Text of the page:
Tech abuse: are you guilty of it? When we get home from our often times device-driven work environments, we wind down by watching tv, surfing the net on tablets and laptops or playing on our phones. We even fall asleep with our TVs on and think nothing of it!
That's where light pollution comes in. It's well established that the artificial blue spectrum of light emitted from common screens is harmful to our health. This is because blue-light exposure supresses melatonin, which prevents us from getting high quality sleep. However, new research is beginning to show blue-light isn't the only type of light that is causing health issues.
Our bodies expect to be exposed to about 12 hours of light followed by 12 hours of complete darkness. Unfortunately due the complications of modern life, we're almost never in complete darkness. This constant exposure to light (artificial or natural) disrupts our biological clocks and wreaks havoc on our health. In essence, our bodies don't know when it's day or night time anymore.
In installment #3 of the Simplified Science series, we look at research published in the Proceedings of the National Academy of Sciences of the United States of America which examines the effect of prolonged light exposure on body fat.
Proceedings of the National Academy of Sciences of the United States of America
Mice were exposed to either 12, 16, or 24 hours of light for 5 weeks in order to assess the biological effects of prolonged light exposure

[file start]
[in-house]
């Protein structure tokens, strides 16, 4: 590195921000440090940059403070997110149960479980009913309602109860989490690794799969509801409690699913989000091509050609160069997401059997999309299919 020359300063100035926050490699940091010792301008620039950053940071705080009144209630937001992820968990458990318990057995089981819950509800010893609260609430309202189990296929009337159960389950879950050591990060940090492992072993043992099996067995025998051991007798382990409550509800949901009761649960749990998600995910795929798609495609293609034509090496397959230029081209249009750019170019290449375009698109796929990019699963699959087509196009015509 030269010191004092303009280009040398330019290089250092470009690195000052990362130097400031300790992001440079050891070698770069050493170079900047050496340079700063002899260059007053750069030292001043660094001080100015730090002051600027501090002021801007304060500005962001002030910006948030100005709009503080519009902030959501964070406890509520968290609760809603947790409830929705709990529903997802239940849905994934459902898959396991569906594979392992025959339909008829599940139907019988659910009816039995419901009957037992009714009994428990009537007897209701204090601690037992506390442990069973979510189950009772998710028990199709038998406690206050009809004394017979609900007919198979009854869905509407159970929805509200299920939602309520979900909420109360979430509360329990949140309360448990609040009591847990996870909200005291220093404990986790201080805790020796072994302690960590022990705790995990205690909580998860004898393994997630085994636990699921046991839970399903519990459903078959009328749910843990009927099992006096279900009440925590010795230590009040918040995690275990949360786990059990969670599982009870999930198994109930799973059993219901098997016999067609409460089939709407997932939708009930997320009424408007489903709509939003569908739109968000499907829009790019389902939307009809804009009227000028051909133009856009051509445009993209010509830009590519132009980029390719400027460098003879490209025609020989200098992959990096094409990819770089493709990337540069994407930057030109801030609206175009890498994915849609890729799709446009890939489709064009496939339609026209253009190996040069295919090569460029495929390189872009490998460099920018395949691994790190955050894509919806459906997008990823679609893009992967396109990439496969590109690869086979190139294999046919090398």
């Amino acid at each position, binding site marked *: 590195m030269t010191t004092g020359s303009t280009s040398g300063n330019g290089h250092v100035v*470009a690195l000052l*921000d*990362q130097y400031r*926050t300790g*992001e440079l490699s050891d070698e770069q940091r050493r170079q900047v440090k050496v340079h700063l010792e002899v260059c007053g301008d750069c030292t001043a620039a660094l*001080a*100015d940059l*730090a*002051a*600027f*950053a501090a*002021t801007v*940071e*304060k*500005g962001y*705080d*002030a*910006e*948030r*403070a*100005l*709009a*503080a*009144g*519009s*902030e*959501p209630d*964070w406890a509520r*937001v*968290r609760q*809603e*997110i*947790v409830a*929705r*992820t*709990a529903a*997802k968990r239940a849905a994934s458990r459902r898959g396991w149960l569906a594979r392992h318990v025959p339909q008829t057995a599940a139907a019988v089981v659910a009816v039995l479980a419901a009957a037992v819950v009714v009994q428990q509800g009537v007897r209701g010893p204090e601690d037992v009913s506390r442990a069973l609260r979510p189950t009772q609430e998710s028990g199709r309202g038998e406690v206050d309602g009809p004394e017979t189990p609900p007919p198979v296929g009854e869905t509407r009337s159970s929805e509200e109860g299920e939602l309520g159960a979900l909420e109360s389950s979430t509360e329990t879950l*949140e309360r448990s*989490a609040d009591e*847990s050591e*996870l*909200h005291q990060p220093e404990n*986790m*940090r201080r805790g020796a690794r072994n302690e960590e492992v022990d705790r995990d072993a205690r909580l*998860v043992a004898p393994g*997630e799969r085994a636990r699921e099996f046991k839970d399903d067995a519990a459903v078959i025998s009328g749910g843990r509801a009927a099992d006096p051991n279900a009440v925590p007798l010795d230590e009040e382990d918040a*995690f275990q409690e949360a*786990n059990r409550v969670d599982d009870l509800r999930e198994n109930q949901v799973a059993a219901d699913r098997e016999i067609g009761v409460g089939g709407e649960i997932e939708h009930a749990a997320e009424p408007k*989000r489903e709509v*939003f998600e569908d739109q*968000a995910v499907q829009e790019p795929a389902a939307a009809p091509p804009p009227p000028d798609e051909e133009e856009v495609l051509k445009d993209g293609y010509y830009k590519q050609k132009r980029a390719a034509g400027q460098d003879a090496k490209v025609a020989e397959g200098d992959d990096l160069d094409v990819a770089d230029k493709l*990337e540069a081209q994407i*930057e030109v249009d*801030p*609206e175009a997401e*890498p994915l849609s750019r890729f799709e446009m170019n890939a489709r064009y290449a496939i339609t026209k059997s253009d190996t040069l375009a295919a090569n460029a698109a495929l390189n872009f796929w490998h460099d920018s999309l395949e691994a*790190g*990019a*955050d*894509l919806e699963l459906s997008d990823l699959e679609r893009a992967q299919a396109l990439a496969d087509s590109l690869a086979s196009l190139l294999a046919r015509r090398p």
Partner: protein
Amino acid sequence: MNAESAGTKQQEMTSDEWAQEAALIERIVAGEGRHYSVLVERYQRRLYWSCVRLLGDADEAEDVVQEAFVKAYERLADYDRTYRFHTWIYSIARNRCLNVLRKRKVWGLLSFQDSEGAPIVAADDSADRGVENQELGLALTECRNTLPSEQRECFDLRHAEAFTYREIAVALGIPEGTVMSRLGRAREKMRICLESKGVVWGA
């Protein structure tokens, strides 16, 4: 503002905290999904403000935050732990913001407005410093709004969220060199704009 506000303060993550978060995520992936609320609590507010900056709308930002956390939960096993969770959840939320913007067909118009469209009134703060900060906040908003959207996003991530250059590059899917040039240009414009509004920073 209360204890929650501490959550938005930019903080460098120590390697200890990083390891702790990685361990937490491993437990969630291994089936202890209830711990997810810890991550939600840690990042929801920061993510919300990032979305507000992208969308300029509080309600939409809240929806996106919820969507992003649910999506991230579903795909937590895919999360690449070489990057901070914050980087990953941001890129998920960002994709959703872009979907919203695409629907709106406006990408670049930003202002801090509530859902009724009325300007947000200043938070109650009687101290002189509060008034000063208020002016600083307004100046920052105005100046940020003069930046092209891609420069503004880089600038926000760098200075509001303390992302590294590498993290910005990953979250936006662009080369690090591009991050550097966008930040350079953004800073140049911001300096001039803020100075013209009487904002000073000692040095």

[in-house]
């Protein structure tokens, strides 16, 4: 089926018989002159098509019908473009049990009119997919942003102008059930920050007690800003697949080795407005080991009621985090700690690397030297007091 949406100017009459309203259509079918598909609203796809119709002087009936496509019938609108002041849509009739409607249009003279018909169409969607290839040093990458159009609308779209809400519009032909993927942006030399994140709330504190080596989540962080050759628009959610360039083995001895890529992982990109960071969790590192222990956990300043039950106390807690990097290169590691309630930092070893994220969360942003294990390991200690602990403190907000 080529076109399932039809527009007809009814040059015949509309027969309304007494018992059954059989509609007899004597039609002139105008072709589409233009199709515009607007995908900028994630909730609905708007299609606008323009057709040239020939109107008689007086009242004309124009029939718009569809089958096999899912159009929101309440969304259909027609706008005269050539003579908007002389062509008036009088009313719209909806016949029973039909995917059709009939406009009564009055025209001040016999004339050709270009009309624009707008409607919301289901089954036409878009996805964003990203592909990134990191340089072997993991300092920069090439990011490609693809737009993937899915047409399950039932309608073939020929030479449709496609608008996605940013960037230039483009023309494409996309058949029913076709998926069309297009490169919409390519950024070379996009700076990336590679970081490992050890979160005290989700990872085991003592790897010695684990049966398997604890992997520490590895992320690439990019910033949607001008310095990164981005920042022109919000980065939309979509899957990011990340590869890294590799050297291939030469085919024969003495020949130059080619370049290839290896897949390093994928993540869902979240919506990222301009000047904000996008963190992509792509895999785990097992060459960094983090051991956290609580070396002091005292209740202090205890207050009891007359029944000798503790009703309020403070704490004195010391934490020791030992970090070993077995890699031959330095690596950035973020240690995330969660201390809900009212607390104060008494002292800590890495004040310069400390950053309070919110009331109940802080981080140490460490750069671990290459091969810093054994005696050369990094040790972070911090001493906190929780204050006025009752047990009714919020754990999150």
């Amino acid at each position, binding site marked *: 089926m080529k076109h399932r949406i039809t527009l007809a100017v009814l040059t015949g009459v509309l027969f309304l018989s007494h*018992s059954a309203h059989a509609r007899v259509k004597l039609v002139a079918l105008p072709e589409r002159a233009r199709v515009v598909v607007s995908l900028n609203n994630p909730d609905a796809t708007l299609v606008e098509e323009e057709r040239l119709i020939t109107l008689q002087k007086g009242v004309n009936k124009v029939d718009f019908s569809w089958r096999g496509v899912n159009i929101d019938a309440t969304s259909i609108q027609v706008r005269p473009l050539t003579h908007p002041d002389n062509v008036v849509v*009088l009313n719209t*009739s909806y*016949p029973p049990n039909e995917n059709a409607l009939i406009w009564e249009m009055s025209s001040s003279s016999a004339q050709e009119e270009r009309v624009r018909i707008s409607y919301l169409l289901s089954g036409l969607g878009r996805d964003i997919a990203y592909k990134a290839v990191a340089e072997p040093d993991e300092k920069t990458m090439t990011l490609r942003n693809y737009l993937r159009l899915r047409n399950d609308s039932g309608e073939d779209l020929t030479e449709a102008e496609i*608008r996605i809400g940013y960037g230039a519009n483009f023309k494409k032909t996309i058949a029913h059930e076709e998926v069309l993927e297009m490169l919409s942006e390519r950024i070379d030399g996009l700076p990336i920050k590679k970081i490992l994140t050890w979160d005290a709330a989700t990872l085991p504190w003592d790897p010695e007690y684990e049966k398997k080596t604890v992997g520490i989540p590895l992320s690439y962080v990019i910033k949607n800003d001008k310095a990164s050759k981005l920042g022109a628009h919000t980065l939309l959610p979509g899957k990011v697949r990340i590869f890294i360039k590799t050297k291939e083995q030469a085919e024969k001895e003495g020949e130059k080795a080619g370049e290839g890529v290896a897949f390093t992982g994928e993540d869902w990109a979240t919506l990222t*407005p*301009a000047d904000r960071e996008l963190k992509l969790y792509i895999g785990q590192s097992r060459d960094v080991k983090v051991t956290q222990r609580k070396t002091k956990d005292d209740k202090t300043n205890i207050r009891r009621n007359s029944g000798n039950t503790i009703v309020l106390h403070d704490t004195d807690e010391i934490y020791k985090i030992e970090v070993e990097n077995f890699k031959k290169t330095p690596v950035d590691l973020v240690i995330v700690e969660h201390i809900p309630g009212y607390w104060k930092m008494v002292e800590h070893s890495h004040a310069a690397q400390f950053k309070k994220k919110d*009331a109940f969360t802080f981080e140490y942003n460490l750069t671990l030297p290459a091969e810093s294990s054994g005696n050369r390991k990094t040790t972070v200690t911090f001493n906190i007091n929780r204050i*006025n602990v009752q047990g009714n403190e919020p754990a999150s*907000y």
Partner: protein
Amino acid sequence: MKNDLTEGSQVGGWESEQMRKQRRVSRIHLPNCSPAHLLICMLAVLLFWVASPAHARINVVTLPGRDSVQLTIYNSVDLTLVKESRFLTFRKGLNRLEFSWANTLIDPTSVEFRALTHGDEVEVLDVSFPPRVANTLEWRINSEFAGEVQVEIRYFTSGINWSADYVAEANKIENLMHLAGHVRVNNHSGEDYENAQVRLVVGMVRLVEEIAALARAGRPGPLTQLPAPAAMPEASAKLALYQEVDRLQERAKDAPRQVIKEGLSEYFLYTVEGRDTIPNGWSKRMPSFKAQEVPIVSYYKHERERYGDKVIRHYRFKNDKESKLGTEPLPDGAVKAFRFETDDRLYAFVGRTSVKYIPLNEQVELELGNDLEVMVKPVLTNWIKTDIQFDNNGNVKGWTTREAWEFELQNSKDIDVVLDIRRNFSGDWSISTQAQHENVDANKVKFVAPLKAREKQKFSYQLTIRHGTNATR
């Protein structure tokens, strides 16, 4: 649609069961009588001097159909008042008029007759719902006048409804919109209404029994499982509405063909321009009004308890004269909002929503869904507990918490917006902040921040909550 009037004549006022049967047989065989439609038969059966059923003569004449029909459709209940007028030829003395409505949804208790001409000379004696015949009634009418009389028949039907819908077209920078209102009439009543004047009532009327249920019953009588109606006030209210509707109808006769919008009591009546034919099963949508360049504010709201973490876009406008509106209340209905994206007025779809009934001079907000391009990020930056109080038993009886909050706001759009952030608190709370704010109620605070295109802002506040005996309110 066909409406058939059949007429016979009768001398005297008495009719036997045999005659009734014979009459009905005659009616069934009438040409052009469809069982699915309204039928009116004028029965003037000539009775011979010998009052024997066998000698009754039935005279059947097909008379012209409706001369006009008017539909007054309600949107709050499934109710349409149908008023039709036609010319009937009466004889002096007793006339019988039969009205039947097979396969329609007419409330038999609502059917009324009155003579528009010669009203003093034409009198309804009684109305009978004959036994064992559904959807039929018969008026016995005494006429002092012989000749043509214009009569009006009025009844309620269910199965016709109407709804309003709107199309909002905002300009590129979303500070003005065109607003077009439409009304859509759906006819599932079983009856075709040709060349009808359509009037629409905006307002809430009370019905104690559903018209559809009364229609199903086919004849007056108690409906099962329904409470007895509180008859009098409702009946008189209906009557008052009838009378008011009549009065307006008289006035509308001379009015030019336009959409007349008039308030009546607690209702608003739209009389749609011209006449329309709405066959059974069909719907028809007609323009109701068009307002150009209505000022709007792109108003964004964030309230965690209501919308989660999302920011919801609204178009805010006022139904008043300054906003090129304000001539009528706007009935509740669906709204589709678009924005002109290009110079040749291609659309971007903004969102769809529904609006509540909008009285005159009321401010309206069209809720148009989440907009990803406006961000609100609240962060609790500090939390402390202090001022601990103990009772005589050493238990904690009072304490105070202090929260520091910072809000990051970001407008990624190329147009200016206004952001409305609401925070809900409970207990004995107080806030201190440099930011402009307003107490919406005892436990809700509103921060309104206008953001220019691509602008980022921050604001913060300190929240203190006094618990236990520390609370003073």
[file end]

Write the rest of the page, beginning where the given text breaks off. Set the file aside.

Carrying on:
Note: This particular study was conducted on mice, not humans.
Compared with the mice exposed to 12 hour of light, the mice exposed to 24 hours of light had a significant increase of fat mass.
Light exposure influenced body fat mass in a dose dependent manner, meaning that as light exposure time increased, so did body fat mass.
White adipose tissue (the sloppy, metabolically inactive fat) was significantly increased in mice exposed to 24 hours of light compared to 12 hours.
Prolonged light exposure decreased Brown Adipose Tissue (the healthy, fat-burning type of fat) activity.
Note: This is important because Brown Adipose Tissue has a role in blood sugar regulation and metabolism. You want more brown adipose tissue and less white adipose tissue.
Prolonged light exposure decreases activity of AMPK (a cellular enzyme with powerful anti-aging properties).
The chart below shows that BAT fat activity decreased as light exposure time increased.
Prolonged light exposure is linked to increased body fat storage. Our body's "good fat" decreases as light exposure time increases. Additionally, our body's "bad fat" increases as light exposure time increases. This study shows that constantly being exposed to light wreaks havoc on our health. It's vital that we allow ourselves to be in complete darkness for at least 8 hours per day. This can realistically be acheived during sleep. Investing in blackout curtains and keeping electronics out of the bedroom are two good ways to eliminate light exposure while you sleep.
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Kooijman, S., van den Berg, R., Ramkisoensing, A., Boon, M. R., Kuipers, E. N., Loef, M., … Rensen, P. C. N. (2015). Prolonged daily light exposure increases body fat mass through attenuation of brown adipose tissue activity. Proceedings of the National Academy of Sciences of the United States of America, 112(21), 6748–6753. http://doi.org/10.1073/pnas.1504239112